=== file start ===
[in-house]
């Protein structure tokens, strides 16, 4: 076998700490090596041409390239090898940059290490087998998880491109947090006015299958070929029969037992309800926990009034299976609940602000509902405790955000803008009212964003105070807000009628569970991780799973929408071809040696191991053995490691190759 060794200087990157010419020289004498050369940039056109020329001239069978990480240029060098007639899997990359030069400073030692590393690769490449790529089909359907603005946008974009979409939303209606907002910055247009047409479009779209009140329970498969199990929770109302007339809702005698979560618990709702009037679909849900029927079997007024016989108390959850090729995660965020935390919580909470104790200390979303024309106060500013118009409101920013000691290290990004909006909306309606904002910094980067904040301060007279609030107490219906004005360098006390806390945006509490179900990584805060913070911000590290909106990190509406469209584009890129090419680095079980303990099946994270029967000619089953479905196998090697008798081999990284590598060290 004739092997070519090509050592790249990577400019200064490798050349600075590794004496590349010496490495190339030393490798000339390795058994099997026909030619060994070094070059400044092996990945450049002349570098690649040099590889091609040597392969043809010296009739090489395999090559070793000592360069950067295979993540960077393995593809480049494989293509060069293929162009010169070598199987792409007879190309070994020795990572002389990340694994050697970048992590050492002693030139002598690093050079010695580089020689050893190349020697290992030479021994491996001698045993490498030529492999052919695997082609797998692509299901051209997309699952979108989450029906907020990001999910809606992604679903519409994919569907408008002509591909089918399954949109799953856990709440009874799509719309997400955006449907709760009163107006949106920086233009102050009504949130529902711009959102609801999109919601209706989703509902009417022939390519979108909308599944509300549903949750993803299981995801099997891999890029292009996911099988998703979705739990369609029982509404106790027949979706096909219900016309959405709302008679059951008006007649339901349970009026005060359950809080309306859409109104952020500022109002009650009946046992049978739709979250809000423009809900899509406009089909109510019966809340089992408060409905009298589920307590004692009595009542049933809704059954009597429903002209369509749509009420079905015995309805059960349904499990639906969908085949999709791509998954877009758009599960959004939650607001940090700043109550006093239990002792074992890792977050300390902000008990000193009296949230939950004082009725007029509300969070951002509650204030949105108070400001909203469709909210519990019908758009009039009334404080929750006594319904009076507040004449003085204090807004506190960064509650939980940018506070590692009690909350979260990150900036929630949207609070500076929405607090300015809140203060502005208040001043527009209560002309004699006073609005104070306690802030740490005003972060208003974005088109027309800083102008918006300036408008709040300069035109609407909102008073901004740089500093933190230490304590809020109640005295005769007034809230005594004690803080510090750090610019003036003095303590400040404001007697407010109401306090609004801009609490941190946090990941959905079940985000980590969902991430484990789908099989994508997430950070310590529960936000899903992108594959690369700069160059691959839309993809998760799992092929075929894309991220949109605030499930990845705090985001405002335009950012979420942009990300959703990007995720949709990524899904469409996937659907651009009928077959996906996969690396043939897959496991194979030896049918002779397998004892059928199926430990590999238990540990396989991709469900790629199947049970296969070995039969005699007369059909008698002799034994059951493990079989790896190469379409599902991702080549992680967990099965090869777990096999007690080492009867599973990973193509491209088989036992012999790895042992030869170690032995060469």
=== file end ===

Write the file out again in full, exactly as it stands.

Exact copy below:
[in-house]
């Protein structure tokens, strides 16, 4: 076998700490090596041409390239090898940059290490087998998880491109947090006015299958070929029969037992309800926990009034299976609940602000509902405790955000803008009212964003105070807000009628569970991780799973929408071809040696191991053995490691190759 060794200087990157010419020289004498050369940039056109020329001239069978990480240029060098007639899997990359030069400073030692590393690769490449790529089909359907603005946008974009979409939303209606907002910055247009047409479009779209009140329970498969199990929770109302007339809702005698979560618990709702009037679909849900029927079997007024016989108390959850090729995660965020935390919580909470104790200390979303024309106060500013118009409101920013000691290290990004909006909306309606904002910094980067904040301060007279609030107490219906004005360098006390806390945006509490179900990584805060913070911000590290909106990190509406469209584009890129090419680095079980303990099946994270029967000619089953479905196998090697008798081999990284590598060290 004739092997070519090509050592790249990577400019200064490798050349600075590794004496590349010496490495190339030393490798000339390795058994099997026909030619060994070094070059400044092996990945450049002349570098690649040099590889091609040597392969043809010296009739090489395999090559070793000592360069950067295979993540960077393995593809480049494989293509060069293929162009010169070598199987792409007879190309070994020795990572002389990340694994050697970048992590050492002693030139002598690093050079010695580089020689050893190349020697290992030479021994491996001698045993490498030529492999052919695997082609797998692509299901051209997309699952979108989450029906907020990001999910809606992604679903519409994919569907408008002509591909089918399954949109799953856990709440009874799509719309997400955006449907709760009163107006949106920086233009102050009504949130529902711009959102609801999109919601209706989703509902009417022939390519979108909308599944509300549903949750993803299981995801099997891999890029292009996911099988998703979705739990369609029982509404106790027949979706096909219900016309959405709302008679059951008006007649339901349970009026005060359950809080309306859409109104952020500022109002009650009946046992049978739709979250809000423009809900899509406009089909109510019966809340089992408060409905009298589920307590004692009595009542049933809704059954009597429903002209369509749509009420079905015995309805059960349904499990639906969908085949999709791509998954877009758009599960959004939650607001940090700043109550006093239990002792074992890792977050300390902000008990000193009296949230939950004082009725007029509300969070951002509650204030949105108070400001909203469709909210519990019908758009009039009334404080929750006594319904009076507040004449003085204090807004506190960064509650939980940018506070590692009690909350979260990150900036929630949207609070500076929405607090300015809140203060502005208040001043527009209560002309004699006073609005104070306690802030740490005003972060208003974005088109027309800083102008918006300036408008709040300069035109609407909102008073901004740089500093933190230490304590809020109640005295005769007034809230005594004690803080510090750090610019003036003095303590400040404001007697407010109401306090609004801009609490941190946090990941959905079940985000980590969902991430484990789908099989994508997430950070310590529960936000899903992108594959690369700069160059691959839309993809998760799992092929075929894309991220949109605030499930990845705090985001405002335009950012979420942009990300959703990007995720949709990524899904469409996937659907651009009928077959996906996969690396043939897959496991194979030896049918002779397998004892059928199926430990590999238990540990396989991709469900790629199947049970296969070995039969005699007369059909008698002799034994059951493990079989790896190469379409599902991702080549992680967990099965090869777990096999007690080492009867599973990973193509491209088989036992012999790895042992030869170690032995060469």